There’s an old joke about a woman who goes to a therapist. “Why are you here?” he asks. “My family wants me to come because I love pancakes,” she answers. “Well,” he says reassuringly, “that’s perfectly normal! I love pancakes, too.” “Really?” she responds happily. “You must come over to my house. I have trunks full of them!”
While many people may tell you that they are fans of “Star Trek” or “Star Wars” or “The Big Bang Theory” or an obscure Marvel comic hero named Red Raven, there are the super-fans who go way past buying the box set DVDs and encasing their comic collection in mylar. They fill rooms with collections of mint condition action figures. They spend a year meticulously creating animatronic costumes for characters from a video game. They propose to their girlfriends with a “Lord of the Rings”-styled engagement ring, in front of 6000 fans at a Kevin Smith panel. And this is their movie, opening in selected cities and available everywhere via Video On Demand.
Morgan Spurlock, who made himself the star of documentaries that were very critical of big business and corporate brainwashing (“Super Size Me,” “Pom Wonderful Presents The Greatest Movie Ever Sold”), stays off camera in this kinder, gentler tribute to the the consumers who find hope, inspiration, and home in their passion for superheroes, zombies, cartoon characters, games, comic books, and the rest of what the people behind San Diego Comic-Con call the lively arts. The fans are pretty lively, too, as Spurlock shows, following five attendees. Comic-Con is one of the only places in the world where you can arrive as a fan and leave as a professional, and two of the movie’s leads are would-be comic artists who bring their portfolios for review by publishers. One is a costume designer and maker who compares her effort to win Comic-Con’s annual Masquerade costume competition to the “friends on a suicide mission” plotline of the game she is bringing to life. Another is one of the country’s biggest sellers of comic books, hoping to sell one comic worth half a million dollars to keep his business alive. And one is there to pick up the “Lord of the Rings” engagement ring and propose to the girl he met at Comic-Con the year before at the Kevin Smith panel in the cavernous Hall H.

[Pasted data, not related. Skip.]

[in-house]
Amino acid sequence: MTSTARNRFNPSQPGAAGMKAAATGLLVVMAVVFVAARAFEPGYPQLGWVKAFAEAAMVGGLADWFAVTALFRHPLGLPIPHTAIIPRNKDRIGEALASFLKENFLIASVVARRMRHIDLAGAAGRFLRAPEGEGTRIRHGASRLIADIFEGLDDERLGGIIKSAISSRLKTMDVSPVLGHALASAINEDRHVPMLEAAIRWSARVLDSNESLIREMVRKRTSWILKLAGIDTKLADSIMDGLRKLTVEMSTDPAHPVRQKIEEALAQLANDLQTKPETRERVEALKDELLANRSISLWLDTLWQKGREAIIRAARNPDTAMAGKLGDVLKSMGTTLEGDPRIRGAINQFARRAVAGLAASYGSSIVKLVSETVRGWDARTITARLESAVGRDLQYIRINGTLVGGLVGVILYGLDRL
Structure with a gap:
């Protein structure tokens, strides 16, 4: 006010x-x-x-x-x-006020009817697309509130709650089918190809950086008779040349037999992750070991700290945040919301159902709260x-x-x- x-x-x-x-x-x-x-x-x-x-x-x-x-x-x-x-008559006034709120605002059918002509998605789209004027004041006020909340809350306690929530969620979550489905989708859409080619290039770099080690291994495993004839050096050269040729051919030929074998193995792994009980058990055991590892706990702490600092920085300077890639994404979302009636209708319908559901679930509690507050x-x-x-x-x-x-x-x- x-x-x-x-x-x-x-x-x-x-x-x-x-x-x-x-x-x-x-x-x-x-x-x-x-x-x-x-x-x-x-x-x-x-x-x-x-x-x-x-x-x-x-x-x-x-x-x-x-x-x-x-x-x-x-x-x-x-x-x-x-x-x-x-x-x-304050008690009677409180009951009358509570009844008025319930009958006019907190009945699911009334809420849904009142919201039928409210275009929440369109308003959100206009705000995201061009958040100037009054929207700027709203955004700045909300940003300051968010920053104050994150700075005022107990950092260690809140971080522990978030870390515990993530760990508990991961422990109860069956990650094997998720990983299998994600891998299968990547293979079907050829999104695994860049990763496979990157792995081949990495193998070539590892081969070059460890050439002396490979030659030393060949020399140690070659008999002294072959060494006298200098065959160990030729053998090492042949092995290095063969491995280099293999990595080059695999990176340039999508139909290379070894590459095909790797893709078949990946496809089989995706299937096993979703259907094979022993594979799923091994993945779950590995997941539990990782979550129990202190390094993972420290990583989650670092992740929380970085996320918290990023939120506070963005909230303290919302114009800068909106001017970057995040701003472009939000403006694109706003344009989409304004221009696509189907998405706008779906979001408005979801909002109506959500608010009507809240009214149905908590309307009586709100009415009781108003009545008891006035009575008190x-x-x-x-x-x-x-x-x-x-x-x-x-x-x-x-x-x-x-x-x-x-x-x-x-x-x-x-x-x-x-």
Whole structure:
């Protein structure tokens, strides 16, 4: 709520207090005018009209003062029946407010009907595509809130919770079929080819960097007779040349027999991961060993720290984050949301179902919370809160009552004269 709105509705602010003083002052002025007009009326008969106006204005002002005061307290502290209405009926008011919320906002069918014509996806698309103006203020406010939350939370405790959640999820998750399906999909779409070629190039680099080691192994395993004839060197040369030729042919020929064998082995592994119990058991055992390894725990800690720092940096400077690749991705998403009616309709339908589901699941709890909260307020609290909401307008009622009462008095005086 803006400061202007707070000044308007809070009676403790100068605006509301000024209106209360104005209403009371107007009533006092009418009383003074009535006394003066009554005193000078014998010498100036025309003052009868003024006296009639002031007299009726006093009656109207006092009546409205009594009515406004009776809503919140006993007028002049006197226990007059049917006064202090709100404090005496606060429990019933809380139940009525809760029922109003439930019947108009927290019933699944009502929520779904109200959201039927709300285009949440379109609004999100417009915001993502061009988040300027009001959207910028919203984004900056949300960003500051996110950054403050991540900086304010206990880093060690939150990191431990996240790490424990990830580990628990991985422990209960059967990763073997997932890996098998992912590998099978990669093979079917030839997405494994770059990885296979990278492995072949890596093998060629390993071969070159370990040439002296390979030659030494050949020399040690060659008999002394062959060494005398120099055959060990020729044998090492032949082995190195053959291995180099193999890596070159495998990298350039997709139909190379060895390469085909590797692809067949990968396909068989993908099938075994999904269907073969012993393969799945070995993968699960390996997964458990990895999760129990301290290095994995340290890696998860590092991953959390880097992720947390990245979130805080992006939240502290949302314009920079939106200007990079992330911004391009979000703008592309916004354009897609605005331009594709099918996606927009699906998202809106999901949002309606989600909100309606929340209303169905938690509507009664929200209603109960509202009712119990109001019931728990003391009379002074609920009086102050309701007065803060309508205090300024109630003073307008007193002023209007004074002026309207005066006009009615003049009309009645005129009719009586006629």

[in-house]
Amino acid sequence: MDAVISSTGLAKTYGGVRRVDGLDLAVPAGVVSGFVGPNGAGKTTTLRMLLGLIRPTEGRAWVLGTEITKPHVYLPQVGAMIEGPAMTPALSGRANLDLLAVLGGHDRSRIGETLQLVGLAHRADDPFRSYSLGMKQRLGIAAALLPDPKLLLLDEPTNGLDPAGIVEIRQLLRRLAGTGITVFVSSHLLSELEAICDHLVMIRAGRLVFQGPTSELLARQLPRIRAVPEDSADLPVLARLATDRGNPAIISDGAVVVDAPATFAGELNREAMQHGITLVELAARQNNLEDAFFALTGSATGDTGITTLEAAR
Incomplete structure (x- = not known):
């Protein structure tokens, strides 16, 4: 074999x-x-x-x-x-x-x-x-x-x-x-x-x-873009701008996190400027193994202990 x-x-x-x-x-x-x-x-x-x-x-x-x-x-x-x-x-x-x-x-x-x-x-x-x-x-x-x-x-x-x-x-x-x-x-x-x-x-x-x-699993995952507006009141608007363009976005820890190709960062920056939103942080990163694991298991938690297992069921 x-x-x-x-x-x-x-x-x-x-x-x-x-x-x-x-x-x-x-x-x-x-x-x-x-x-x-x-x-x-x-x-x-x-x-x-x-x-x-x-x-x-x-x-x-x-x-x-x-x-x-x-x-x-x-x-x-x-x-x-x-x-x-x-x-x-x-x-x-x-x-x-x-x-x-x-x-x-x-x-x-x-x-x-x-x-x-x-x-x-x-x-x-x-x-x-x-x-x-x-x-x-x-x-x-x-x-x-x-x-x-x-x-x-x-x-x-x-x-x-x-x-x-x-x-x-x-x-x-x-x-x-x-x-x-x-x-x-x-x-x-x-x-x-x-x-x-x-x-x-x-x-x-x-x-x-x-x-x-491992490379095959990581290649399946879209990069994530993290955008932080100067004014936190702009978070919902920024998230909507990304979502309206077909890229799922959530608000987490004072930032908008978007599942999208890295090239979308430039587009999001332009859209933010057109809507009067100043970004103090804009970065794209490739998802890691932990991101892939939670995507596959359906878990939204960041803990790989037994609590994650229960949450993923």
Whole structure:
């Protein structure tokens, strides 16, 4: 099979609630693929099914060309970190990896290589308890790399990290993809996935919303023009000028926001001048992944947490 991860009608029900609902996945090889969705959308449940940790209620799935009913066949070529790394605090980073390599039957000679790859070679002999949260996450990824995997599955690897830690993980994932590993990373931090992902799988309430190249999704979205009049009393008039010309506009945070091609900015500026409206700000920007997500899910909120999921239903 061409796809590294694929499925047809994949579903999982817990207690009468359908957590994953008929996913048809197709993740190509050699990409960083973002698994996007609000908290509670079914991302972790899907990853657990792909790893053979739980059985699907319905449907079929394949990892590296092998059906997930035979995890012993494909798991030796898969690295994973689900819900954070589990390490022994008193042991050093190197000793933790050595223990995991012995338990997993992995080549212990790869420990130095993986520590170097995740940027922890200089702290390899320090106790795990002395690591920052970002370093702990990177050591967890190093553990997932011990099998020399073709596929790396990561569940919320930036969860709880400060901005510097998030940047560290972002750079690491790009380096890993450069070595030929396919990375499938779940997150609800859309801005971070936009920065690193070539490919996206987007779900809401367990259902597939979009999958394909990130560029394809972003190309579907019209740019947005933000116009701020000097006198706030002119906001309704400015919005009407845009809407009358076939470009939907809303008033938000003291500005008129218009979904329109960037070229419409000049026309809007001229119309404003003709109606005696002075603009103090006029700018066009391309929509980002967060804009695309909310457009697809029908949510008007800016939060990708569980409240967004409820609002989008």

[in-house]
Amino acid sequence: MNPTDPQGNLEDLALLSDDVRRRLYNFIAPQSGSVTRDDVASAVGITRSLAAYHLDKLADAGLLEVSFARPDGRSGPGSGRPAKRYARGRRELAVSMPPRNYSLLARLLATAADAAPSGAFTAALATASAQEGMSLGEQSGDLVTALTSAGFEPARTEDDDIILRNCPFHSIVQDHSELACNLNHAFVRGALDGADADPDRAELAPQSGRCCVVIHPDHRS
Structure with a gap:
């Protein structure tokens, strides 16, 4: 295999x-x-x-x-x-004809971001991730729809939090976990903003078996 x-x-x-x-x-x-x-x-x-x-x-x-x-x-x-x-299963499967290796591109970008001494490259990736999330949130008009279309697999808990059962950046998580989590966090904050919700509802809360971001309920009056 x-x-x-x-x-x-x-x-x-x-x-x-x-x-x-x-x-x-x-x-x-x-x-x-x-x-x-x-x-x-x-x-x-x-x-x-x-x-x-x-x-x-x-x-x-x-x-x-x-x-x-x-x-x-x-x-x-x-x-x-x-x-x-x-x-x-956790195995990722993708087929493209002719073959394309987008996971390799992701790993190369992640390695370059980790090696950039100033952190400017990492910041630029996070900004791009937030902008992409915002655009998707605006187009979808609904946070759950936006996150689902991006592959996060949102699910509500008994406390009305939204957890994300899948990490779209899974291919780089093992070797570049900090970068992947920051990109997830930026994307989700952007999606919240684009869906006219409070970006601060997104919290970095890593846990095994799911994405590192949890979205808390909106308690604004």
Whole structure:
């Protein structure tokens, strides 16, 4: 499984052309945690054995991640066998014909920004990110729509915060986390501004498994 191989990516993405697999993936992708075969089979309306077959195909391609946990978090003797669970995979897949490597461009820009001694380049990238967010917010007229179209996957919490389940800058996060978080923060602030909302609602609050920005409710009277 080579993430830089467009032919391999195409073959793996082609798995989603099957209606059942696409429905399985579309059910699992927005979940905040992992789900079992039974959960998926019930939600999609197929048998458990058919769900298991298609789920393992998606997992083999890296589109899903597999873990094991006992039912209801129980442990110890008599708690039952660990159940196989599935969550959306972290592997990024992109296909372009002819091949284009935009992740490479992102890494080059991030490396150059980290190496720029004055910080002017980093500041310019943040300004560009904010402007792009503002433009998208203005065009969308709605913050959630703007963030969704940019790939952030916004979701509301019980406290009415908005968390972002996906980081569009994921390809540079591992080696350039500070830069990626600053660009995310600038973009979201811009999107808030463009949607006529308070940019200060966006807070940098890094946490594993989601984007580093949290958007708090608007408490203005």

Interspersed with the journeys of these fans is commentary from other attendees, some in costume and some who like many at Comic-Con are the objects of fan-dom and fans themselves. Seth Rogan, Kevin Smith, co-producer Joss Whedon, Stan Lee, and more talk about the fans and, endearingly, talk about their own encounters as fans. And there is some rueful discussion of the Con’s journey from a few hundred people trading comic books in a hotel room in 1970 to 160,000 pop culture fans waiting in line for hours to see movie stars in Hall H. “We can’t use the loading docks anymore because f**ing Lucas owns them,” says a comic book dealer. There is thankfully little of the “look at the weirdos in the costumes buying action figures” commentary Comic-Con often receives, and it is nice to see affection and even respect for people who are passionate about the culture of fantasy and imagination. Spurlock balances the stories of his characters with the larger context, showing us that each of the attendees has a story and that Comic-Con is a place where stories and characters always matter.
Parents should know that this film includes some strong language, drug references, sexual references, scanty costumes, and some horror images.
Family discussion: What makes people into super-fans? What do you learn about people from the costumes and media figures that mean the most to them?
If you like this, try: “Trekkies” and its sequel